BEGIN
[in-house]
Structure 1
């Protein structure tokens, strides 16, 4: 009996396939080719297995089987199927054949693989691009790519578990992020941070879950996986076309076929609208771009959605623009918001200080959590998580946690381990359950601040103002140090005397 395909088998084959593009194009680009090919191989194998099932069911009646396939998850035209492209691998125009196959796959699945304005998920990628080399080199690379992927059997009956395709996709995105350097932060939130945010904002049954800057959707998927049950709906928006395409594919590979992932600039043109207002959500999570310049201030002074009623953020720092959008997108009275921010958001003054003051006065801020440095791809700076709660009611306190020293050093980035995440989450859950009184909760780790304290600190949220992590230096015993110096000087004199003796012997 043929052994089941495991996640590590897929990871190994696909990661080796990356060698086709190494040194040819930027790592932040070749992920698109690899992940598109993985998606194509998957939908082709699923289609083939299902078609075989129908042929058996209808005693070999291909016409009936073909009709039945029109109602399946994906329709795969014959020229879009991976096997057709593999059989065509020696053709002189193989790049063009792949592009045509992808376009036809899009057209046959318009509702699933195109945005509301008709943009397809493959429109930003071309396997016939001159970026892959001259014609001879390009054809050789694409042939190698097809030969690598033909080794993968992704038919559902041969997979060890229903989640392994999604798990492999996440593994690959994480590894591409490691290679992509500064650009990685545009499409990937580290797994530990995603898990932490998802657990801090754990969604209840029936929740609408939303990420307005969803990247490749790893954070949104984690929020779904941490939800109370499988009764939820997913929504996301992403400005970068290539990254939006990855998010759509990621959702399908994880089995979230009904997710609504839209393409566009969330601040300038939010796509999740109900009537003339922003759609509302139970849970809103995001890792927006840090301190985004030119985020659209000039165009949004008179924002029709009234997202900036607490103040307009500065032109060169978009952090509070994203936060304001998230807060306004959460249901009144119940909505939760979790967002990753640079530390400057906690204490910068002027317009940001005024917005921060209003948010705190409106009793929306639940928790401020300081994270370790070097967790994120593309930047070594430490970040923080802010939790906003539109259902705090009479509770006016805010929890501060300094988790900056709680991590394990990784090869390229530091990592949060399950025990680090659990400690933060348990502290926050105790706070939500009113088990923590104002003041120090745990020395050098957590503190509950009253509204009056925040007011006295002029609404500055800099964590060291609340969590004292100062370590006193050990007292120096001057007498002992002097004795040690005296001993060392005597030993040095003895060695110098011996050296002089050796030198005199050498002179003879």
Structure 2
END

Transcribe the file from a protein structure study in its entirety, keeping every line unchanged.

[in-house]
Structure 1
């Protein structure tokens, strides 16, 4: 009996396939080719297995089987199927054949693989691009790519578990992020941070879950996986076309076929609208771009959605623009918001200080959590998580946690381990359950601040103002140090005397 395909088998084959593009194009680009090919191989194998099932069911009646396939998850035209492209691998125009196959796959699945304005998920990628080399080199690379992927059997009956395709996709995105350097932060939130945010904002049954800057959707998927049950709906928006395409594919590979992932600039043109207002959500999570310049201030002074009623953020720092959008997108009275921010958001003054003051006065801020440095791809700076709660009611306190020293050093980035995440989450859950009184909760780790304290600190949220992590230096015993110096000087004199003796012997 043929052994089941495991996640590590897929990871190994696909990661080796990356060698086709190494040194040819930027790592932040070749992920698109690899992940598109993985998606194509998957939908082709699923289609083939299902078609075989129908042929058996209808005693070999291909016409009936073909009709039945029109109602399946994906329709795969014959020229879009991976096997057709593999059989065509020696053709002189193989790049063009792949592009045509992808376009036809899009057209046959318009509702699933195109945005509301008709943009397809493959429109930003071309396997016939001159970026892959001259014609001879390009054809050789694409042939190698097809030969690598033909080794993968992704038919559902041969997979060890229903989640392994999604798990492999996440593994690959994480590894591409490691290679992509500064650009990685545009499409990937580290797994530990995603898990932490998802657990801090754990969604209840029936929740609408939303990420307005969803990247490749790893954070949104984690929020779904941490939800109370499988009764939820997913929504996301992403400005970068290539990254939006990855998010759509990621959702399908994880089995979230009904997710609504839209393409566009969330601040300038939010796509999740109900009537003339922003759609509302139970849970809103995001890792927006840090301190985004030119985020659209000039165009949004008179924002029709009234997202900036607490103040307009500065032109060169978009952090509070994203936060304001998230807060306004959460249901009144119940909505939760979790967002990753640079530390400057906690204490910068002027317009940001005024917005921060209003948010705190409106009793929306639940928790401020300081994270370790070097967790994120593309930047070594430490970040923080802010939790906003539109259902705090009479509770006016805010929890501060300094988790900056709680991590394990990784090869390229530091990592949060399950025990680090659990400690933060348990502290926050105790706070939500009113088990923590104002003041120090745990020395050098957590503190509950009253509204009056925040007011006295002029609404500055800099964590060291609340969590004292100062370590006193050990007292120096001057007498002992002097004795040690005296001993060392005597030993040095003895060695110098011996050296002089050796030198005199050498002179003879």
Structure 2